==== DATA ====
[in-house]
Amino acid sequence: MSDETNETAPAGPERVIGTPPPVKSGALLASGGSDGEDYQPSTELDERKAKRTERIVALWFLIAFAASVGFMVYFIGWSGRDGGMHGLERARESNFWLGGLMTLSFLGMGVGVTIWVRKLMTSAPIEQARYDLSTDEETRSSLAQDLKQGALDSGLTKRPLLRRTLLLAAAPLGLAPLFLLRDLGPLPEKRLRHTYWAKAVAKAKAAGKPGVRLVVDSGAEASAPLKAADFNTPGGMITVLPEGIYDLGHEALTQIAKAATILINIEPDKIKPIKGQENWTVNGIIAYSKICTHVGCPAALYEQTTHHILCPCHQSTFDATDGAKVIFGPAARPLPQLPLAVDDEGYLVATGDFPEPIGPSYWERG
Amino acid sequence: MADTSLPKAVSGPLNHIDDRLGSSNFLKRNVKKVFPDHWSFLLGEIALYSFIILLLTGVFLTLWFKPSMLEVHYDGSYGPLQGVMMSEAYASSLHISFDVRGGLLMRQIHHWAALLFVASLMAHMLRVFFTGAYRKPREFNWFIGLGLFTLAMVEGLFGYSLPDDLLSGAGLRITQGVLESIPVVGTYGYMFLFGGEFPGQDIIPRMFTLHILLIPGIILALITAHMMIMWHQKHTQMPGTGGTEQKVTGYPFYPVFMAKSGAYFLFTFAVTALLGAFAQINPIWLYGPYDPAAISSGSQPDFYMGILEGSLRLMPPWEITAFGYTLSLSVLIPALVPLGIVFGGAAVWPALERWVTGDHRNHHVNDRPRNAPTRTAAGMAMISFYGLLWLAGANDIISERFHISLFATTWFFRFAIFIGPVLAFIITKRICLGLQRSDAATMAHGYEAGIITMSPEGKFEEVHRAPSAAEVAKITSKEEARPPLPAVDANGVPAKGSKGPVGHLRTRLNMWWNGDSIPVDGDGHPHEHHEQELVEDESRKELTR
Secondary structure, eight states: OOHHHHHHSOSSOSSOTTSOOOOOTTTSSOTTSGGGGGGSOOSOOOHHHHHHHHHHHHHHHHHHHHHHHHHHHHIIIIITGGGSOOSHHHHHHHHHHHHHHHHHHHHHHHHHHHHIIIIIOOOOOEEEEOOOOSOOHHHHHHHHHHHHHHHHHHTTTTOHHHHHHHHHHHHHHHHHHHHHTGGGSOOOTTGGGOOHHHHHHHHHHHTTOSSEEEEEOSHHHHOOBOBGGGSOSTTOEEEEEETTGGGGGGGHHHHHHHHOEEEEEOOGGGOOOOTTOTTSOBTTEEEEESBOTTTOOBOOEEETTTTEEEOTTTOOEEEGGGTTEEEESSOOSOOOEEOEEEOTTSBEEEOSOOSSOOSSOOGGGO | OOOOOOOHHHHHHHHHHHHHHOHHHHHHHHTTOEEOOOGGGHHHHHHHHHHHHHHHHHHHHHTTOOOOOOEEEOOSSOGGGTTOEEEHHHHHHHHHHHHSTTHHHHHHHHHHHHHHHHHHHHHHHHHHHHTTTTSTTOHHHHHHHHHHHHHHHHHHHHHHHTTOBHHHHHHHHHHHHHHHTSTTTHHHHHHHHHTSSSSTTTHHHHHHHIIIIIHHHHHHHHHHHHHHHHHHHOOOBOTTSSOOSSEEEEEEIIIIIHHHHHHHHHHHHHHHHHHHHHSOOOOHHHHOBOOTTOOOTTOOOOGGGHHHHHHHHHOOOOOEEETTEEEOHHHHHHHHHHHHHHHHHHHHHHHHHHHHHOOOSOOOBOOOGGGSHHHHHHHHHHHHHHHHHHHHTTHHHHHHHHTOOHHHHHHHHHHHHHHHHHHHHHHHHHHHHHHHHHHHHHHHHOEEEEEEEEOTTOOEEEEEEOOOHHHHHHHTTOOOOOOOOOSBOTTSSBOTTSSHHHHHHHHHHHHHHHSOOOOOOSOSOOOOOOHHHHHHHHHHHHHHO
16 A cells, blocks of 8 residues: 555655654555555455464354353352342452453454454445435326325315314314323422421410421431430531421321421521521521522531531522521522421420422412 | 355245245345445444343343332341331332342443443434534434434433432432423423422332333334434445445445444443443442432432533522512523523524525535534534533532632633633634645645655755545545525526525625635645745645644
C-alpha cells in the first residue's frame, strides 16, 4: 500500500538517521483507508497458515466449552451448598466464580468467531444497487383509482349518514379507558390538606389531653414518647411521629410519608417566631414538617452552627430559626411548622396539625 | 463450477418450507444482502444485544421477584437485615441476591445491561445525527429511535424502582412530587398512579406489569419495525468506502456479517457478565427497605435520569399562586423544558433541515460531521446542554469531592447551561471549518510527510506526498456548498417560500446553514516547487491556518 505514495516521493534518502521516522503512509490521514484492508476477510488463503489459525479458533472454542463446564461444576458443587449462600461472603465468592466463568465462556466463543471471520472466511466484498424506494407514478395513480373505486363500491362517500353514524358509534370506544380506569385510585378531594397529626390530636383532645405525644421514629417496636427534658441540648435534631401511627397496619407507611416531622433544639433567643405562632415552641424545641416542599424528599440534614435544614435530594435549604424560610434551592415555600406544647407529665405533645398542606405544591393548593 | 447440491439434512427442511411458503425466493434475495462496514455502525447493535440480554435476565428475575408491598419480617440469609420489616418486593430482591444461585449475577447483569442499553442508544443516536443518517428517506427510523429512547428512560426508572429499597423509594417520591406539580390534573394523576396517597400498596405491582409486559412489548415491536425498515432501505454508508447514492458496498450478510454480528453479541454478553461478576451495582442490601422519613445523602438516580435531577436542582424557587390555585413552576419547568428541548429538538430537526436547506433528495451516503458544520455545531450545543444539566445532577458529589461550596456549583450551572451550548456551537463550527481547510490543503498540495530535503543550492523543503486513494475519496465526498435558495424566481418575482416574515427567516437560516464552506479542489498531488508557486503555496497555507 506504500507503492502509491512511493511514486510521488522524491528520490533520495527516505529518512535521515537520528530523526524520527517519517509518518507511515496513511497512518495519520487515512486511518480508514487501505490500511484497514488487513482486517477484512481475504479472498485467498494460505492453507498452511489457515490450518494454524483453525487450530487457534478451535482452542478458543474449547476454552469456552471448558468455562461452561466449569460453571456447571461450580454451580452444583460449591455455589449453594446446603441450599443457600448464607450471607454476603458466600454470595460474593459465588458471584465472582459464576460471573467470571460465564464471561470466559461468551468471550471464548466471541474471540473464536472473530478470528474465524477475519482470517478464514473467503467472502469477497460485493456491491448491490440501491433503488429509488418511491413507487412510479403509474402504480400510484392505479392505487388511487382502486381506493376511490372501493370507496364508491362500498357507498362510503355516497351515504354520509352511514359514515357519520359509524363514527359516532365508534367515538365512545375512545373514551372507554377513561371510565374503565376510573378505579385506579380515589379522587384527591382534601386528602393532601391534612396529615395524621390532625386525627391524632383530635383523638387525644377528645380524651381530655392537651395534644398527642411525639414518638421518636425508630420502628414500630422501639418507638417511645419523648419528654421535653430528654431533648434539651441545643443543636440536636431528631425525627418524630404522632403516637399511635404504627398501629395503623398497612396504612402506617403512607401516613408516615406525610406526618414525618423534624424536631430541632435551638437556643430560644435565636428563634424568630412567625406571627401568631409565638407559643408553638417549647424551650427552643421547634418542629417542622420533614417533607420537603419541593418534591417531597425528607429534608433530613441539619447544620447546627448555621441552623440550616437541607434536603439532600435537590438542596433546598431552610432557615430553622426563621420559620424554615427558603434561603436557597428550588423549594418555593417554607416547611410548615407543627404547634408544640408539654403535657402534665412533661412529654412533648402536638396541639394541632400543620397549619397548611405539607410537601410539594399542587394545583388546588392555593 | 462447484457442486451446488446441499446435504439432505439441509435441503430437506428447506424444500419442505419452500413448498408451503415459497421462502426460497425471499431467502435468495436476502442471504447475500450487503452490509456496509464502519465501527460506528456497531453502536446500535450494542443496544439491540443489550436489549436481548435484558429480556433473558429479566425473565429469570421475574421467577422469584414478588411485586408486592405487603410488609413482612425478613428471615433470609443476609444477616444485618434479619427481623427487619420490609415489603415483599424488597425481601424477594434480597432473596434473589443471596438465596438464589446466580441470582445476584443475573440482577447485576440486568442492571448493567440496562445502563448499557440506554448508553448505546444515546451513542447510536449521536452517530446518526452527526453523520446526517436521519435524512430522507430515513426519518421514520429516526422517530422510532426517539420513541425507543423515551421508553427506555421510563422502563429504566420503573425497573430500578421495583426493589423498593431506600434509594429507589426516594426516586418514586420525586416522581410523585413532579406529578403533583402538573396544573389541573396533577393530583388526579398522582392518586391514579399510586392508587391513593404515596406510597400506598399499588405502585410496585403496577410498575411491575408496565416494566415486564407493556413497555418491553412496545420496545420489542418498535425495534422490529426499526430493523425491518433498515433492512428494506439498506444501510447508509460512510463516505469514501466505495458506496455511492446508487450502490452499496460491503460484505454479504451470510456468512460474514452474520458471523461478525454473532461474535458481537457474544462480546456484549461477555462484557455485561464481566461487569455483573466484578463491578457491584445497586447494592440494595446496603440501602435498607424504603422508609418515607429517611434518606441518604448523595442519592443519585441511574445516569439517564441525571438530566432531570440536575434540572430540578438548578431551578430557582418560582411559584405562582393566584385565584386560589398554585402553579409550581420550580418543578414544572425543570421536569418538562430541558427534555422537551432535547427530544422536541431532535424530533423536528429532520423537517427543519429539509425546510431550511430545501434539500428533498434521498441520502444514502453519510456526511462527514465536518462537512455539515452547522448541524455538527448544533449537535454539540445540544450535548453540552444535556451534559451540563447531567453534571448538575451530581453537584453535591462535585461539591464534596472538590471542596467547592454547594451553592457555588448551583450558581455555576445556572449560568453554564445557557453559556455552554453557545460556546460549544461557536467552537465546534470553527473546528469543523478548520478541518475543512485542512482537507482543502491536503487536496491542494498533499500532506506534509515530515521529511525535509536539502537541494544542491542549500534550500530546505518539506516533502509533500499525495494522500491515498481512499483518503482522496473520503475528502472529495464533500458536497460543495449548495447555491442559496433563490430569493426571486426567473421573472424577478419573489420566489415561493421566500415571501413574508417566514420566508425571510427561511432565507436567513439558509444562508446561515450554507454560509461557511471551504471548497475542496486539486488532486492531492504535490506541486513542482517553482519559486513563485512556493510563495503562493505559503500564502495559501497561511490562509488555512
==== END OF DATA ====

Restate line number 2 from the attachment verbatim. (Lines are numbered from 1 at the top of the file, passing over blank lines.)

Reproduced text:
Amino acid sequence: MSDETNETAPAGPERVIGTPPPVKSGALLASGGSDGEDYQPSTELDERKAKRTERIVALWFLIAFAASVGFMVYFIGWSGRDGGMHGLERARESNFWLGGLMTLSFLGMGVGVTIWVRKLMTSAPIEQARYDLSTDEETRSSLAQDLKQGALDSGLTKRPLLRRTLLLAAAPLGLAPLFLLRDLGPLPEKRLRHTYWAKAVAKAKAAGKPGVRLVVDSGAEASAPLKAADFNTPGGMITVLPEGIYDLGHEALTQIAKAATILINIEPDKIKPIKGQENWTVNGIIAYSKICTHVGCPAALYEQTTHHILCPCHQSTFDATDGAKVIFGPAARPLPQLPLAVDDEGYLVATGDFPEPIGPSYWERG